GEOMORPHOLOGY AND ITS RELATIONSHIP TO COASTAL PLAIN STRATIGRAPHY, IMPLICATIONS FOR A REGIONAL MODEL FROM SITE SPECIFIC DATA: LIZZIE RESEARCH STATION, NORTH CAROLINA
Geomorphically, the site sits between the Surry and Suffolk Scarps, straddling the coast-wise Wicomico plain (24 m above mean sea level (M.S.L.)) and several lower fluvial-estuarine terraces that step down to a drainage with Holocene wetland flats at 12 m (M.S.L). The site is 20 km east of the Surry Scarp, a regional paleoshoreline generated at a sea-level highstand of about 30 m (M.S.L.) in late Pliocene or early Pleistocene time.
A series of structure contour of boundaries and isopach maps of Plio-Pleistocene facies show that the post-Cretaceous section (<25 m) evolved as a series of nested, sand-rich, complex incised valley fills separated by interfluves with distinct marine signatures. Site data appear to indicate that: 1) modern drainages follow paleovalleys that existed prior to the late PlioceneYorktown transgression; and 2) interfluves have been relatively fixed in position for this same period. This suggests structural control over the location of these features. Site data also suggest that faulting has offset Cretaceous units, possibly impacting facies distribution in the overlying section. This is difficult to prove without continuous subsurface data between boreholes, and has widespread implications for regional generalizations.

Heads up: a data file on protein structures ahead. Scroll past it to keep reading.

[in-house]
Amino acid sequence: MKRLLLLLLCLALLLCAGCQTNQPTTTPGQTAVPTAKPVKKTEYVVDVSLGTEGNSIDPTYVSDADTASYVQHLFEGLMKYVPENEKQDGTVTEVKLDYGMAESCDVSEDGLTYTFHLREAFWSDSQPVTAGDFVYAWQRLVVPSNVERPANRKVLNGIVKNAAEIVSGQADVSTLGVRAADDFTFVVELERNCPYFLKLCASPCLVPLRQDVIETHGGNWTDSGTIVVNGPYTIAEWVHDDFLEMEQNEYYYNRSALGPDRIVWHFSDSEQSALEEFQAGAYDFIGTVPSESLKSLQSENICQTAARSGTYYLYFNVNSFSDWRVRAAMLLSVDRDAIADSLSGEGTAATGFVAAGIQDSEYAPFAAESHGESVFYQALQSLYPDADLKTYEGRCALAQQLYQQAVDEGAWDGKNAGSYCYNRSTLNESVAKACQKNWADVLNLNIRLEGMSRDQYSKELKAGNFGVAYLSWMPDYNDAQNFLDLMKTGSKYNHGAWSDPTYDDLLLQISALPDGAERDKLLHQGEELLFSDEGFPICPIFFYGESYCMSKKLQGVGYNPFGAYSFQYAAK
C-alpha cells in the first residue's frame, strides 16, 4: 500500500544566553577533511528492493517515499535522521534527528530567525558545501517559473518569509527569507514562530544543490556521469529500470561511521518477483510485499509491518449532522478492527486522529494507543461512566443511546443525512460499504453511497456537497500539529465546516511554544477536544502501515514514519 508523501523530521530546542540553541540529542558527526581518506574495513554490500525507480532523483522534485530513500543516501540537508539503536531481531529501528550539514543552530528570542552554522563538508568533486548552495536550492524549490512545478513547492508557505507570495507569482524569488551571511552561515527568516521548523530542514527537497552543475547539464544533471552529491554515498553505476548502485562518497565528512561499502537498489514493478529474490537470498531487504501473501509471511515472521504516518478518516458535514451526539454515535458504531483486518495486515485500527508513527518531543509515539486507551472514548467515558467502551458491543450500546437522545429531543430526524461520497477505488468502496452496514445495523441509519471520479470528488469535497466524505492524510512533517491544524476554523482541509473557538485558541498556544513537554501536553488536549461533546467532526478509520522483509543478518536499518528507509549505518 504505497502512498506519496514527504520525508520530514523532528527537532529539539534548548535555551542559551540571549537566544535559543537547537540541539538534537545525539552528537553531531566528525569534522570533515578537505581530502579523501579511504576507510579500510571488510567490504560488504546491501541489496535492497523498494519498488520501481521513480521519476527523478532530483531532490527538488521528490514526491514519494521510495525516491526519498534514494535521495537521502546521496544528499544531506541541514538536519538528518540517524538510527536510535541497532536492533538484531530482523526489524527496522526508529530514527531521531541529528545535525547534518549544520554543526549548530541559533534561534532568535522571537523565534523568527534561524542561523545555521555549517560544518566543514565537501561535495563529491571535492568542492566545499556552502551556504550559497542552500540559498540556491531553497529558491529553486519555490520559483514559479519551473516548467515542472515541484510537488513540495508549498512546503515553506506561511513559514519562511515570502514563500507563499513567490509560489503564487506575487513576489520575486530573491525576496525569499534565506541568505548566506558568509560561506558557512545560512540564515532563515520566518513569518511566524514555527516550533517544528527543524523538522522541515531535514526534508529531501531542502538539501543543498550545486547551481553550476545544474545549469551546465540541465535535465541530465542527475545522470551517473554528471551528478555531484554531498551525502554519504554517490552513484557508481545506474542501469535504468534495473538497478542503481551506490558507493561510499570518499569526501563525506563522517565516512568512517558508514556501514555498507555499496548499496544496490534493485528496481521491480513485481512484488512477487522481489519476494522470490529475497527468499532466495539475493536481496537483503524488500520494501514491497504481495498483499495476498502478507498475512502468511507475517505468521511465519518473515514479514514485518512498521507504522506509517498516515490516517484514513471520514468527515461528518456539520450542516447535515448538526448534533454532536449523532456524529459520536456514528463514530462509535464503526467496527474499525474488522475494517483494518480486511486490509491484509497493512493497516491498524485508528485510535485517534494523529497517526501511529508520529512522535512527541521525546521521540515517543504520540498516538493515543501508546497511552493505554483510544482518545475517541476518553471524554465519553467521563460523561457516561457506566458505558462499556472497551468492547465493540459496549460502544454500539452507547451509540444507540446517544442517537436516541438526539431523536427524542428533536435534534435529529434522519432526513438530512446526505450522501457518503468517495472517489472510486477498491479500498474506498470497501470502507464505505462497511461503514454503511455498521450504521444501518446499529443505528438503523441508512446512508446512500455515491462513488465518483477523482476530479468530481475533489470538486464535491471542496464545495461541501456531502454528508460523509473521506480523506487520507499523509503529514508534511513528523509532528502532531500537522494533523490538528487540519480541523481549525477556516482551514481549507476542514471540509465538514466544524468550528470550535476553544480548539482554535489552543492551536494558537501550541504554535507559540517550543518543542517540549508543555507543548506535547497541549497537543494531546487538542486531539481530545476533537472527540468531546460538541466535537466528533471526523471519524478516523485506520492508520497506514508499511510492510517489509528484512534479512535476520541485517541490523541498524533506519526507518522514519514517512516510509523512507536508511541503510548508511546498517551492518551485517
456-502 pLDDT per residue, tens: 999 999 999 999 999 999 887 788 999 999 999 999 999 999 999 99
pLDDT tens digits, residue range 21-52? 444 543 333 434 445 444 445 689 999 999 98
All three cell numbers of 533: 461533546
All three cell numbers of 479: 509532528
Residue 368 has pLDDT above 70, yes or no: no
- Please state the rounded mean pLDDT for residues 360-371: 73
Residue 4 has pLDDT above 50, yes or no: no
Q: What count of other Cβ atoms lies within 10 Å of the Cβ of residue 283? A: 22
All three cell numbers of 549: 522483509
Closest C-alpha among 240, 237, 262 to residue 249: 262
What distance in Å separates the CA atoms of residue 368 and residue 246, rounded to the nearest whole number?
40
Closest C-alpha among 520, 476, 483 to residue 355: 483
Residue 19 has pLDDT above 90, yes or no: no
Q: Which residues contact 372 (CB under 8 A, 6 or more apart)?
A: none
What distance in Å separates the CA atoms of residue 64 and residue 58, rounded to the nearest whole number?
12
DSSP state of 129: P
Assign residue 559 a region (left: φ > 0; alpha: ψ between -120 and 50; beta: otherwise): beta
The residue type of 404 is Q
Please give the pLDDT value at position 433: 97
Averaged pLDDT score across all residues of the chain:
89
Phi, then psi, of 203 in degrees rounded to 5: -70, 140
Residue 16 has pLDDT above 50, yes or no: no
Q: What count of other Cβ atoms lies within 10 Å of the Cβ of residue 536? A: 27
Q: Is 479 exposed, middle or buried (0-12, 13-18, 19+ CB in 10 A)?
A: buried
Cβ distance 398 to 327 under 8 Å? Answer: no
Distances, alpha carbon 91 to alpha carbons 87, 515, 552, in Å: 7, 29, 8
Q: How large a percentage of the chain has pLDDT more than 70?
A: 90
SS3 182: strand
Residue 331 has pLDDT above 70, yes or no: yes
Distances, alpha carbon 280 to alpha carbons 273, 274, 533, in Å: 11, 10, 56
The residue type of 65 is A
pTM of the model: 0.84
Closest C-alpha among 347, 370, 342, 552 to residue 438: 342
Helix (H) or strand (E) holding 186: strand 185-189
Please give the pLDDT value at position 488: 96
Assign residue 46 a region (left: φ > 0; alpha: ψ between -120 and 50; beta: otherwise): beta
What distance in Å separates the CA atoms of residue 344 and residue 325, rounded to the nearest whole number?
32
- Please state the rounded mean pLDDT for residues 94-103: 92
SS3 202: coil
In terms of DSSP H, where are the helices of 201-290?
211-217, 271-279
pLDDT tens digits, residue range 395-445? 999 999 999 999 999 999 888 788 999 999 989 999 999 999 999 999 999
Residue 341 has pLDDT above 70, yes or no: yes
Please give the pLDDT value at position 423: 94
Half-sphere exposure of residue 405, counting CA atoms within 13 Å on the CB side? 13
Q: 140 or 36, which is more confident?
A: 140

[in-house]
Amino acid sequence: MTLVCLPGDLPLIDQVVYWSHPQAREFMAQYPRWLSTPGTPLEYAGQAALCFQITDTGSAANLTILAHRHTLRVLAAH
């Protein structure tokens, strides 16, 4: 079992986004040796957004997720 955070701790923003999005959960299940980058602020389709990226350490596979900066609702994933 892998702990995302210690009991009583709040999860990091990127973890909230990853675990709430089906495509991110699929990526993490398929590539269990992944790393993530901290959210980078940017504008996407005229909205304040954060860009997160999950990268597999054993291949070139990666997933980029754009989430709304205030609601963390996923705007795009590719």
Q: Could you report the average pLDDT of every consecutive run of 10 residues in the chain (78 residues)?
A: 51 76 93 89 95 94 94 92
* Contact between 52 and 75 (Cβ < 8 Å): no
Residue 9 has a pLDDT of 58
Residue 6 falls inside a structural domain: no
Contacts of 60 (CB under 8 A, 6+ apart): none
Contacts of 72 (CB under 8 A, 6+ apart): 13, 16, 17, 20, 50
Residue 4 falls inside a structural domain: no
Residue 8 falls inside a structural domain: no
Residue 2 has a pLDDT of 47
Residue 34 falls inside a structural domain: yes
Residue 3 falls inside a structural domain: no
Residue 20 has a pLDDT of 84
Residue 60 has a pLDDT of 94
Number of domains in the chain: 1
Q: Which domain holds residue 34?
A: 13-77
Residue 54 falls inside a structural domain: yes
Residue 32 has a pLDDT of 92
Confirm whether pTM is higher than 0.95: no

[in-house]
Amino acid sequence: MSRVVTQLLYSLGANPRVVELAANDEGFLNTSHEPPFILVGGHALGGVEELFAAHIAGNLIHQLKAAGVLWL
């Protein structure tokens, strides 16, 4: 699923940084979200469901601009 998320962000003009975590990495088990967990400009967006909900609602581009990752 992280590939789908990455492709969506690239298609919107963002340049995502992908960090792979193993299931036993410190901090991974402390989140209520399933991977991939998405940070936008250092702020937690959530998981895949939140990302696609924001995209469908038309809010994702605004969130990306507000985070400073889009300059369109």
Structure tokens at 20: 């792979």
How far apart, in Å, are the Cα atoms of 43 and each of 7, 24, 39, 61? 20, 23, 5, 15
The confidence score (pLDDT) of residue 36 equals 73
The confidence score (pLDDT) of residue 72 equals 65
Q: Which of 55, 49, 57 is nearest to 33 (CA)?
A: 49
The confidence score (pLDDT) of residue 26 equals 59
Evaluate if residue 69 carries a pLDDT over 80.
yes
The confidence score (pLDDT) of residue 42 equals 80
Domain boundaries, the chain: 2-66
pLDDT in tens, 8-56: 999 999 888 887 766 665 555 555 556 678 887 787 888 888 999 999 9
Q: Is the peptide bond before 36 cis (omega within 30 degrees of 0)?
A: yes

Site-specific data also provide a road map for extrapolating stratigraphic units across regional geomorphic features. The Wicomico Plain, for example, was generated in association with the sea level highstand at the Surry Scarp, and the subsequent regression. It is underlain by 3 marine sequences of late Pliocene to early Pleistocene age. It is likely that these 3 marine sequences can be correlated regionally across the Wicomico Plain.